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Talking to Beth Stelling About Gender in the Standup World and Getting Her Start in Comedy

Beth Stelling has been making people laugh professionally for almost seven years with her signature quirky, laid-back style. Having moved from Chicago to LA a few years ago, Stelling has since appeared on Conan, @midnight, and all over the LA standup scene. She released her debut album, Sweet Beth, in the fall of 2012 via Rooftop Comedy. I recently caught up with Beth Stelling to discuss her first open mic, the advantages and disadvantages of being a female in the standup world, and the highs and lows of comedy. READ MORE

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Talking to Alex Borstein About Writing Strong Female Characters and Her New HBO Show 'Getting On'

From Lois Griffin on Family Guy to Miss Swan on MADtv, Alex Borstein has played some memorable TV characters. Though she was always a self-described “smart ass performer” from a young age, she almost nixed a life in show business for a more practical career as a lawyer and later an advertising exec. Now, after her big break on MADtv and years of acting, writing, and producing on all sorts of TV shows and movies, Borstein will be starring in a new HBO series called Getting On, a remake of the hit UK medical comedy of the same name. We caught up with Borstein to discuss the new show, how she helped turn Lois Griffin into a stronger character, and how hemophilia in her family propelled her into comedy. READ MORE

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Talking to Rory Scovel About Standup, Acting, and His 'Conan' Bits with Jon Dore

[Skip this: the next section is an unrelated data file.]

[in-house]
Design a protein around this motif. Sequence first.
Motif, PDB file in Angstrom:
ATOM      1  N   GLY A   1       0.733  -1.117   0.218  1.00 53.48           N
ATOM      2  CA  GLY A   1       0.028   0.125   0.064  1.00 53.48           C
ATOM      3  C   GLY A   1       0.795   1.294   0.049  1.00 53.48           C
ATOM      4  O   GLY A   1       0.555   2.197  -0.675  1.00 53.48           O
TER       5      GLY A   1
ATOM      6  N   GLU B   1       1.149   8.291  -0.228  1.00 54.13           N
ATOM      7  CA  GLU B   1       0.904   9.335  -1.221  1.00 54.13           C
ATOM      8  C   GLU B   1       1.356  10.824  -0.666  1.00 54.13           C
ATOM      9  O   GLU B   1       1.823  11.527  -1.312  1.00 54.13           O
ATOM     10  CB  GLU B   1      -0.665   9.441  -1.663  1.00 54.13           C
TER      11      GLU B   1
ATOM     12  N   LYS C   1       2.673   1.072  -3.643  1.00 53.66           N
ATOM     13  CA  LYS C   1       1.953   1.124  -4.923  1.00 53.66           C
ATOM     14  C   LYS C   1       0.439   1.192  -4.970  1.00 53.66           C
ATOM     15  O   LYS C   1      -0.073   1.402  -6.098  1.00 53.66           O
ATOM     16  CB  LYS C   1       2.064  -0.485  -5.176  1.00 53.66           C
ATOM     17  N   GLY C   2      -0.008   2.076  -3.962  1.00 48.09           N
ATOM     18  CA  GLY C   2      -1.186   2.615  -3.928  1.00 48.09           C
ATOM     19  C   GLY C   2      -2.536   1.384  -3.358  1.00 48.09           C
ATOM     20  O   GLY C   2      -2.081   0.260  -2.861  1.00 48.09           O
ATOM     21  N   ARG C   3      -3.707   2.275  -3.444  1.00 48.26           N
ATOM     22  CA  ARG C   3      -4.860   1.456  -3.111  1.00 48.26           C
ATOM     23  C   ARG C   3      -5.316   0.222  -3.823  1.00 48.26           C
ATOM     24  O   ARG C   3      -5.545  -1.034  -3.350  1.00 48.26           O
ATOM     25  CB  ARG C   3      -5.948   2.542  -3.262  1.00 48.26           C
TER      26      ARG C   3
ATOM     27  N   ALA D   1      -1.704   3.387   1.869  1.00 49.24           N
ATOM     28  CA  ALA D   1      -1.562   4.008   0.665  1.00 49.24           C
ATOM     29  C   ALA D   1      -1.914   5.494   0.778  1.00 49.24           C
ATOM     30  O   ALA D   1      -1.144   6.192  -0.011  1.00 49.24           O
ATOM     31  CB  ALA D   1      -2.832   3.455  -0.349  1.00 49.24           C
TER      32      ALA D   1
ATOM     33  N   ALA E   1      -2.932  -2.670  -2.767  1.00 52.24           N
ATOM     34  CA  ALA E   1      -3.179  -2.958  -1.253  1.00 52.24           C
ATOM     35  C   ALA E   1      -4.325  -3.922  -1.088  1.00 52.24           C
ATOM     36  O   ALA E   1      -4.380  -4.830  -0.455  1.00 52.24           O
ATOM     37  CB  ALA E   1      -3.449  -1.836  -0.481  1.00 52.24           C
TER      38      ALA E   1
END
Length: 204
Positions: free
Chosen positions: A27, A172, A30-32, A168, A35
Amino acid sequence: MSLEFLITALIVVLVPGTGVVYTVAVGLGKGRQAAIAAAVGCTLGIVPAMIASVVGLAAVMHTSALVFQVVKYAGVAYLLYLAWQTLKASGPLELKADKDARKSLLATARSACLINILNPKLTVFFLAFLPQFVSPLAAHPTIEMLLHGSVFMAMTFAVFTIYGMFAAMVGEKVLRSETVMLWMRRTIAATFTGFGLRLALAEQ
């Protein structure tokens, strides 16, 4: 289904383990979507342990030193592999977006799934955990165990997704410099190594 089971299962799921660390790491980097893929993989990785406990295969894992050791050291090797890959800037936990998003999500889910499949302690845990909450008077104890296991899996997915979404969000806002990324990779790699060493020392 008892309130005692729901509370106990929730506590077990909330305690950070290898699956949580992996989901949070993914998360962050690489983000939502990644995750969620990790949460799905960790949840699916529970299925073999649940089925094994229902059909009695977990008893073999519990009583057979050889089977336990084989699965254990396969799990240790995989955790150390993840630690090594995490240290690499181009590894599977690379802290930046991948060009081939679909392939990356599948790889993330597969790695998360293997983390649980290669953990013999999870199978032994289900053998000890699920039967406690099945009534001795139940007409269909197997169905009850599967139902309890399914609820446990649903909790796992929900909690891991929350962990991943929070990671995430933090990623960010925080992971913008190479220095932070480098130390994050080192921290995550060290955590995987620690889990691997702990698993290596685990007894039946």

Though comics often make an audience feel as though they’re delivering their jokes for the first time, they're usually well-honed. But Rory Scovel often actually is making things up on the spot. Sure, the improv-heavy comic writes jokes, but every set looks completely different depending on the day. Whether it’s a new accent, character, or wacky form of crowd work, he is unique in his unpredictability and delivery. With a new album coming out and an upcoming TBS sitcom, I caught up with Scovel to discuss improv, acting, and listening to jazz vinyl on the couch.

I picture you as a really rambunctious child, what were you like as a kid?

I played a lot of sports and was pretty hyper, so yeah I would say I was pretty energetic.

What was your family like?

I come from a pretty big family and everybody played sports. Everyone is a smartass so I think that’s probably where my comedy comes from. READ MORE

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Talking to Ron Funches About Standup, LA, and His First Sitcom Acting Gig

It’s hard to find a more likeable person than comedian Ron Funches. Jolly with a soft-spoken sincerity about him, it is Funches’ optimism that makes him eccentric in the comedy world. He is the guy that other comics are actually happy for each time he gets something. He also has one of the top five best laughs in the universe — if you haven’t heard it, it’s a treat.

After leaving Portland for LA in search of more opportunity last year, Funches is achieving more and more success. He'll appear in the upcoming Bill Lawrence sitcom, Undateable, and is fresh off of “the best week ever” at the Just For Laughs festival in Montreal where he opened for Dave Chappelle. I caught up with Ron to find out about his writing process, his sleeping habits, and his transition into acting. READ MORE